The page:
Juniata College Volunteer Program Provides Outreach to Huntingdon Life Skills Students
(Posted January 20, 2003)
HUNTINGDON, Pa. -- Most primary and secondary schools in Pennsylvania offer some type of "Life Skills" education for students who have moderate to severe disabilities, but many of these students rarely get a chance to test their skills in a setting beyond their own school.
An all-volunteer program in Juniata College's education department, the Community Progress and Social Skills program (COMPASS), matches up students from the Life Skills class at Huntingdon Area High School with volunteer students who are studying special or general education at Juniata. The Juniata students accompany and supervise the students from the Life Skills class as they work at jobs in various offices and departments within the college.
The Huntingdon students, who range in age from 16 to 21, work at tasks such as mailing skills, athletic uniform preparation and other jobs. The COMPASS program, which was started by three Juniata students in 2000, not only allows the Huntingdon students to find work experiences beyond their classroom, but also allows Juniata students, all of whom are studying to be teachers, invaluable experience interacting with students who have disabilities.
"The program grew out of Juniata's course 'Methods for Students With Low Incidence Disabilities,' where three of my students noticed during their field experience that students in the Life Skills class really looked forward to getting out in the community more," says Ellen Long, assistant professor of education and the Juniata faculty member who oversees the program. "We try to tie in what the high school student is working on in school with their job on campus."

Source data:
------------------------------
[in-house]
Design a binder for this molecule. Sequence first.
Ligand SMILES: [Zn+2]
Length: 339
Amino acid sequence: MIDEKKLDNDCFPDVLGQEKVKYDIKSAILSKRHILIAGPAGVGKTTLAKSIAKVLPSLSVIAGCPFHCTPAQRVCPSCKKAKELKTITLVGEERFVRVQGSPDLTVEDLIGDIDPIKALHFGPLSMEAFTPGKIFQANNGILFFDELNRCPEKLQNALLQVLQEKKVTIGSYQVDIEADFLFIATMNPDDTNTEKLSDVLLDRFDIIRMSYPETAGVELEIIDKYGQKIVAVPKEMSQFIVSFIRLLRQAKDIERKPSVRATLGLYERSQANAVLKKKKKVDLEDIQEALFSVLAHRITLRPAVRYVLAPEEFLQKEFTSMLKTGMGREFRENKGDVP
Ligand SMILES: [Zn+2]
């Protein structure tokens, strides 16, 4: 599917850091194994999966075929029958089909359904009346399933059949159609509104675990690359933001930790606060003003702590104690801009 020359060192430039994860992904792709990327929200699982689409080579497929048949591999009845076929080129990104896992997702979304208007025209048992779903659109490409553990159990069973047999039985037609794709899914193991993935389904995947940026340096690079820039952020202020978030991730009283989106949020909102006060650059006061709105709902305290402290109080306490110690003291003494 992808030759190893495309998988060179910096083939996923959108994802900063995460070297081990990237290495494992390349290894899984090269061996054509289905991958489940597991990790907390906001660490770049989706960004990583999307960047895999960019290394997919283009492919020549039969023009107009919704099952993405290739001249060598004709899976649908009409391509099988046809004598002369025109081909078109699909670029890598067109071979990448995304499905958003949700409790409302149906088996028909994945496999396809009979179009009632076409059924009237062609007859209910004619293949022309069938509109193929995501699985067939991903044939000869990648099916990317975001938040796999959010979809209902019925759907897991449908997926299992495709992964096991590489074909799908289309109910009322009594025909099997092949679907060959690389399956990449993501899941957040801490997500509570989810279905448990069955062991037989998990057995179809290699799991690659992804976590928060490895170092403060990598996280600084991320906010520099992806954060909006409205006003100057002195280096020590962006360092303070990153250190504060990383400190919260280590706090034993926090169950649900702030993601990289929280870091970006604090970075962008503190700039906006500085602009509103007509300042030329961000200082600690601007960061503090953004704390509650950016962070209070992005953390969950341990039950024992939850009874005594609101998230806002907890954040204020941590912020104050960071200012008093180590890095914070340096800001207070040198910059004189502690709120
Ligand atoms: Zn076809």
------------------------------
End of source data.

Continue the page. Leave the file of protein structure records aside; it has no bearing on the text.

"Working with the students from the COMPASS program has been the most rewarding experience I have been involved with," says Christi Shover, a junior from Duncansville, Pa. studying elementary and special education. "The students are always ready to work, as well as learn about responsibility and gain social skills. As college students, we are closer to the age of the high school students, which helps make the students more comfortable working on campus."
The Juniata students in COMPASS receive no class credit or payment for their time. The program numbers fluctuate each semester, but there have been as many as eight Juniata students matched up with Huntingdon Area High School Life Skills students during a semester.
"The Juniata students get much more focused experience working closely with a student with disabilities in this program than they do in their courses that have field experiences," Long says. "The program takes the theory the Juniata students learn in class and puts the lessons into practice. For instance, one of the students from the life skills class we have worked with is deaf, and the student assigned to work with her was able to use sign language skills beyond a classroom setting."
The students from the Life Skills class have worked in Juniata's athletic equipment department, the college's facilities maintenance department, the print publications office, the enrollment office and at the college's post office. "I have been able to use the techniques I learned in my classes at Juniata to help the students learn various skills, and those same techniques will allow me to better help my own students in the future," Shover says.
Long points out that students studying to be teachers will inevitably teach children with disabilities, even if they are not special education majors. "The students in COMPASS are not required to be in special education," Long explains. "They do have to complete a course called 'Introduction to Students with Exceptionalities,' but I generally have more Juniata students interested in doing the program than I have slots for."
Each Juniata student visits the Huntingdon Area High School Life Skills class at least three times before escorting the Huntingdon student to their job on campus.
"I've seen that by participating in the program, my students have become more confident and it really brings them out of their shell," says Ellen Riley, special education teacher at Huntingdon Area High School. "I find the Juniata students to be excellent and it is a blessing not only for our class but also for the Juniata students, who will have the ability to interact with mentally challenged student when they become teachers."
Contact April Feagley at firstname.lastname@example.org or (814) 641-3131 for more information.